Applying for Grants

Applying for Grants

September-October 2017

Who Applies for Your Grants?

If someone in your organisation wanted to siphon a bit of money away for themselves, having grants paid into their own bank account would be one of the easiest ways to do so.

When thinking about the risk of fraud in their organisation, people often worry mostly about money going out. The bigger fraud risk by far, both in business and not-for-profit situations, is income never making it into the organisation’s accounts.

A grant maker has only very limited tools to ensure that the grant is paid to the organisation, not an individual. An individual could quite easily set up a personal bank account and give it your organisation’s name as a trading name – that way they would have a legitimate deposit slip to give to a funder when applying for a grant.

Many funders require a resolution by the committee. If genuine, this would ensure that the committee is aware that a grant has been applied for, but the document is easy to forge. If it is genuine, it would still require the committee to enquire from the person applying what happened to each application, i.e. whether it was successful or not.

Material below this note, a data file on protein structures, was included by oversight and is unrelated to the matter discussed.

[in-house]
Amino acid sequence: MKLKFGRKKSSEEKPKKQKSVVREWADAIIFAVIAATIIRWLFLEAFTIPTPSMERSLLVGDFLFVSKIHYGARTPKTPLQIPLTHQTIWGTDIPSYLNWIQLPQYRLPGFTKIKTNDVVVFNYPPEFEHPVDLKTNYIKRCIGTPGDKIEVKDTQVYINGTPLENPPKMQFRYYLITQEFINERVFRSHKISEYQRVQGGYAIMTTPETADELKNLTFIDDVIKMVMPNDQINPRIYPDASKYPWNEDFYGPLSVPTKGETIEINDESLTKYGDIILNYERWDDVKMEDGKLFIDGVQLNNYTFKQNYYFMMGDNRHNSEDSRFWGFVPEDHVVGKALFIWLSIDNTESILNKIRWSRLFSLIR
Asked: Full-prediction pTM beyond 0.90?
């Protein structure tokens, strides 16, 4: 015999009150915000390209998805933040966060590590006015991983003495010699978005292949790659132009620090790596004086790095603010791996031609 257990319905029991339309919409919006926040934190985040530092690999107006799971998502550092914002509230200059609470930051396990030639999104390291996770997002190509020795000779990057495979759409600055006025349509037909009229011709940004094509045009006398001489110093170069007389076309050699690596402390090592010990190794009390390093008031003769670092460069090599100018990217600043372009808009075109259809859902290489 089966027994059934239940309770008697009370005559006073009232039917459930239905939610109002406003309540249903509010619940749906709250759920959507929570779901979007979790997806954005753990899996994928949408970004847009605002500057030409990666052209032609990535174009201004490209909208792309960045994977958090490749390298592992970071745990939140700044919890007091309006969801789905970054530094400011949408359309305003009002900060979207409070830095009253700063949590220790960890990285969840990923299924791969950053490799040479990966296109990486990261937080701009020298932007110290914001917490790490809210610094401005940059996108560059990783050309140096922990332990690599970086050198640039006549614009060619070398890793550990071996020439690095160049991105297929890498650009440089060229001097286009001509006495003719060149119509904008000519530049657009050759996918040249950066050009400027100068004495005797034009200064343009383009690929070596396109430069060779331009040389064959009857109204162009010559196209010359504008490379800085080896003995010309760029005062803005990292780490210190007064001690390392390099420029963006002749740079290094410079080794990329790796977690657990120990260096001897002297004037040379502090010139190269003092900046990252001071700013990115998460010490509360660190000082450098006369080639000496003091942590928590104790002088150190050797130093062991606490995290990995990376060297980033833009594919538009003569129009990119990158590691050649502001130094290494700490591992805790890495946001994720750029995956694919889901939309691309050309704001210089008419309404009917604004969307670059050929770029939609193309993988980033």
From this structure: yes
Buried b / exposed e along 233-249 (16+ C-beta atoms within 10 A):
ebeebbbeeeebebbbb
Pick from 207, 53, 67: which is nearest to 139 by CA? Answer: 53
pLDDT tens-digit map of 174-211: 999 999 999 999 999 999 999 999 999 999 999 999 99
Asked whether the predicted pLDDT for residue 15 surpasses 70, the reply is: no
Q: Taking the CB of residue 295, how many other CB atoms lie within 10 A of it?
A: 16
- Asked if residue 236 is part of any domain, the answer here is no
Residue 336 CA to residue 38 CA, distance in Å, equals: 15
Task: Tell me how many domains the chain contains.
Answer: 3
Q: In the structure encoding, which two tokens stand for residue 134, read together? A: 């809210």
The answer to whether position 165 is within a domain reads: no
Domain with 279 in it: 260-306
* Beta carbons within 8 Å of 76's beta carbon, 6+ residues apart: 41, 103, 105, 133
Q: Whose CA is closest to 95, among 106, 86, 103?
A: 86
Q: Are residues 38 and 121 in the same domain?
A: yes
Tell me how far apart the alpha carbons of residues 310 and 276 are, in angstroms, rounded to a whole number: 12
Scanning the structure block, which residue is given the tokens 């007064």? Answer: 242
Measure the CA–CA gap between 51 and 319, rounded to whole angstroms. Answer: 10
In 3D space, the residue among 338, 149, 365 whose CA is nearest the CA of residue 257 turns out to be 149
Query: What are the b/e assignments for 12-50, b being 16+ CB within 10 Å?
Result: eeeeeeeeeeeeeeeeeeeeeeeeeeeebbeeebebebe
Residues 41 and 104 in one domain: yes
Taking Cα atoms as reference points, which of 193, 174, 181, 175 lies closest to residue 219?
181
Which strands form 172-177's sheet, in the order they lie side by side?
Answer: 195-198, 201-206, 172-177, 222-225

So, how do you protect yourself from fraud with grants?

Your best option is to separate certain duties. This means the person applying for grants should not be the same person that does your bookkeeping or banking. Your bookkeeper or administrator is the most likely person to notice when a grant is ‘missing’, or maybe a funder that has been used in previous years doesn’t seem to be used this year.

Where resolutions are required for grants, it is a good idea to make it a committee member’s job to follow up on the success or otherwise of this application. This is mostly an issue for the smaller grants from gaming machine funders or private trusts and bequests. Larger, annual grants would leave too big a hole not to notice.

These kinds of measures much reduce the likelihood of fraud, but they are not bulletproof. An organisation needs to be able to trust their fundraiser’s integrity probably more than any other person’s in the organisation, and this is a position that may have to be vetted to find out whether there is a history of dishonesty. After all, if you lose your funders’ trust, the economic basis of your organisation may be in danger.